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  • Writer's pictureCathryn Grant

3-Minute Fiction: Request Denied

The plastic card scraped across the formica counter as Wendy swept the crumbs from her bagel into her hand and sprinkled them into the trash. She spoke without turning. “You didn’t accept my friend request.”

Silvie was pretty sure this was not how it was supposed to work. You connected online, not by dragging pieces of your virtual world into the physical spaces of your life.

Wendy turned. “Well?”

“I’m not sure.”

“Not sure about what?”

“I’m not very social.”

Wendy laughed. “I already know that. So get on there and become my friend and you’re one step closer to be more social.” She giggled. “What would you do without me?”

Silvie stared at the brown eyes boring into hers, the thick liner painted with expert precision, the carefully arched brows, and the feathering brush of thickened eyelashes. Wendy had gorgeous eyes, but there was a manic quality to them.

Manic? Or dead? She wasn’t sure which. When she looked into Wendy’s eyes, she felt no one was looking back.

“I don’t use social media that much. I’m not sure what the point of being friends would be.”

“Because we’re friends at work, right?”

“Yes. So why…”

“You don’t know what you’re missing out on. It’s fun. Don’t make it sound like a chore.”

Silvie scooped peach yogurt out of the container and put it into her mouth. She let the soft, mildly sweet liquid glide across her tongue. “I’ll think about it.”

Wendy rolled her eyes, letting the whites overcome the dark brown centers. “You’re making me wish I hand’t bothered.”

Silvie ate the last of her yogurt.

The bagel popped out of the toaster. Wendy grabbed it, squealing at the heat. She dropped the two pieces onto the plate and slathered whipped cream cheese across the open faces. “Whatever. It doesn’t matter to me.” She picked up the plate and carried it out of the break room.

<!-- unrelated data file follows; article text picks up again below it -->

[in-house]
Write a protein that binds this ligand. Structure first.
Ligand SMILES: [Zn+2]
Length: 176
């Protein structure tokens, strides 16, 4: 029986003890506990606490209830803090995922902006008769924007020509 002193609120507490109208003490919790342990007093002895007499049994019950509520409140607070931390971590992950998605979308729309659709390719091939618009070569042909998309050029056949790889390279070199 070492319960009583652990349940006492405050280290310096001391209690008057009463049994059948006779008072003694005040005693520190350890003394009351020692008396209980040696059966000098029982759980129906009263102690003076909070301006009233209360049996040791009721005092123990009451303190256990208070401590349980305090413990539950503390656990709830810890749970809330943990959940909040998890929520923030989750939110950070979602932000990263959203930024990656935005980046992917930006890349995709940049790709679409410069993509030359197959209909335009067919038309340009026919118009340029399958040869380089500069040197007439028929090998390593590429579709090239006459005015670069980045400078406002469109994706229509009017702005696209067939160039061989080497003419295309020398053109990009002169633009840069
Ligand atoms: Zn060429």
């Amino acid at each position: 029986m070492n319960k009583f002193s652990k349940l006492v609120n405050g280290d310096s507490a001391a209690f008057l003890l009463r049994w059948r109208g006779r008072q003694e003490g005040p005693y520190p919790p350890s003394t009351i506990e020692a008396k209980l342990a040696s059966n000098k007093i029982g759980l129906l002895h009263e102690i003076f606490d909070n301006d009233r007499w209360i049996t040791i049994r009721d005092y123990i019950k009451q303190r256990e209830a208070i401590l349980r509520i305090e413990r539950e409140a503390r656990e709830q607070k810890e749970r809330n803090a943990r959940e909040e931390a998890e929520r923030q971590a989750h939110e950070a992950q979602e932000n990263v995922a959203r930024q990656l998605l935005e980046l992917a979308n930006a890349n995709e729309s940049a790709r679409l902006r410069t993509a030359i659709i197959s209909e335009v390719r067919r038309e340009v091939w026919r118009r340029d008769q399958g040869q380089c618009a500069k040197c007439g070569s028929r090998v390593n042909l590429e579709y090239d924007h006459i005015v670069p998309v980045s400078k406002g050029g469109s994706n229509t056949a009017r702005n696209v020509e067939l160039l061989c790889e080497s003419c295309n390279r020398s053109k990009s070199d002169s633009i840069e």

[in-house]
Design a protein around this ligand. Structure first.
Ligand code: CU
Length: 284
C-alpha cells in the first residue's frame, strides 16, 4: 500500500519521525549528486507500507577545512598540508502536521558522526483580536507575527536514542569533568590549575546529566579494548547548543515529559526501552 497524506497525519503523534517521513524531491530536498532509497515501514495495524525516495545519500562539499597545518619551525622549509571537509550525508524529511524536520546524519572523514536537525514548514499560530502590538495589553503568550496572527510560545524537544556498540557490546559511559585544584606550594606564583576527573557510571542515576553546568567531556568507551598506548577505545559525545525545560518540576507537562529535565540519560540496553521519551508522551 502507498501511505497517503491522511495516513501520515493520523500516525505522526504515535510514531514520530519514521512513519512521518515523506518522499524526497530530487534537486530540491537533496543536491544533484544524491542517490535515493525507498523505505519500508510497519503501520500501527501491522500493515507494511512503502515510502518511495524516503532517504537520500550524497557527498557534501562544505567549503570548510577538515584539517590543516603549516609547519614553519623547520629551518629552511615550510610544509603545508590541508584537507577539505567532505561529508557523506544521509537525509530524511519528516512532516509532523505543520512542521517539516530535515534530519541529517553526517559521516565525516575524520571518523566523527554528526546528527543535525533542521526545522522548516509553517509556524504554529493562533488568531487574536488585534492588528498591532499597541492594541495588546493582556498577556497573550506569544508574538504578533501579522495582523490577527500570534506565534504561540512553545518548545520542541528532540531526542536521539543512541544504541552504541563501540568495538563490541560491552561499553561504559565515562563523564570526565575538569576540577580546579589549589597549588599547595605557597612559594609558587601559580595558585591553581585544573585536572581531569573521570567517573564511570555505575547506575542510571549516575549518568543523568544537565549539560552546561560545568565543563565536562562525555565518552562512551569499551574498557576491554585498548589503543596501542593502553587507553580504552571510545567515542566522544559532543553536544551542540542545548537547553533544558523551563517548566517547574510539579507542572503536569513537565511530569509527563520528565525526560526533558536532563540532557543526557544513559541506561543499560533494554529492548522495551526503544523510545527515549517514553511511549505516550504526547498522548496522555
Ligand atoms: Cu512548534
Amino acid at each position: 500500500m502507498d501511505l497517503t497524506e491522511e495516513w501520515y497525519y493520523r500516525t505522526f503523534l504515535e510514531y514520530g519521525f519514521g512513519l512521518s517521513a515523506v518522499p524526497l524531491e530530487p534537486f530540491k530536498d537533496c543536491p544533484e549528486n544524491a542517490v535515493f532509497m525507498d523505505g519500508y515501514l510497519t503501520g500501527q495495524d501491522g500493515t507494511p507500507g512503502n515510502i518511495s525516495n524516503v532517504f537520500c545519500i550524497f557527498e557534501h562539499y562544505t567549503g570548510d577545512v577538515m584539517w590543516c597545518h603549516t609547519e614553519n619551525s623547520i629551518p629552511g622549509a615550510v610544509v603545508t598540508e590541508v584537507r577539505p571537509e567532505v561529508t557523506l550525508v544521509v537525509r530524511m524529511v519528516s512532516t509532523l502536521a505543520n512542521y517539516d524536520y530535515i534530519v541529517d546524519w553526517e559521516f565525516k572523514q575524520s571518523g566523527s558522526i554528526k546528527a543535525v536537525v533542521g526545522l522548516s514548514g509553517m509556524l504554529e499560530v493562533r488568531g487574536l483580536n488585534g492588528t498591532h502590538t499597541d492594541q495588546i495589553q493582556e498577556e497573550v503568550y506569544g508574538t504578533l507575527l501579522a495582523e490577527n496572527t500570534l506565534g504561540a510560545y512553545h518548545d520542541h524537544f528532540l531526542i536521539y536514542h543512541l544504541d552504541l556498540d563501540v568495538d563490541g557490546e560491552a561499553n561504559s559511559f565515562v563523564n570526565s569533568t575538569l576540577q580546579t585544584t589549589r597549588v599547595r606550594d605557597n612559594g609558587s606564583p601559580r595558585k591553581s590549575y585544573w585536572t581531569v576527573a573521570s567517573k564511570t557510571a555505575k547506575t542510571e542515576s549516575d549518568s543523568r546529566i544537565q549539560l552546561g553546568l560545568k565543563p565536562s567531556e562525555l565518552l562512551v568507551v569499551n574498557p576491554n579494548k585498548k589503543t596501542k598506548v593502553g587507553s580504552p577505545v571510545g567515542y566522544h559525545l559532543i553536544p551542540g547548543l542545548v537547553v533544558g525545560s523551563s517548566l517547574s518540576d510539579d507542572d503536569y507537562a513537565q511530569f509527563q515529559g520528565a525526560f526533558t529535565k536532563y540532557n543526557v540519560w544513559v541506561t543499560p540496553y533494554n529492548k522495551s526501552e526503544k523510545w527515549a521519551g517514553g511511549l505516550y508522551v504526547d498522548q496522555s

Silvie dropped her yogurt container into the trash. She washed and dried the spoon and put it into her food carrier. She turned and stared out at the trees planted close to the window. It looked so peaceful out there. She liked that the company allowed the natural world to creep up close to the building, almost making you forget about the vast parking lot beyond.

Facebook terrified her. That was the truth. She thought of the people she was associated with there — family, friends. Her parents, both gone from cancer. Two aunts, one killed in a car accident, the other lost to a fall during a treacherous hike. She thought of all the people whose faces she saw in the digital world, people who no longer existed, yet their pages and photographs and silly comments and memories lived there forever.

Sometimes, logging onto Facebook felt like stepping inside the cold stone walls of a mausoleum.

How long, she wondered, until the dead outnumbered the living on Facebook?

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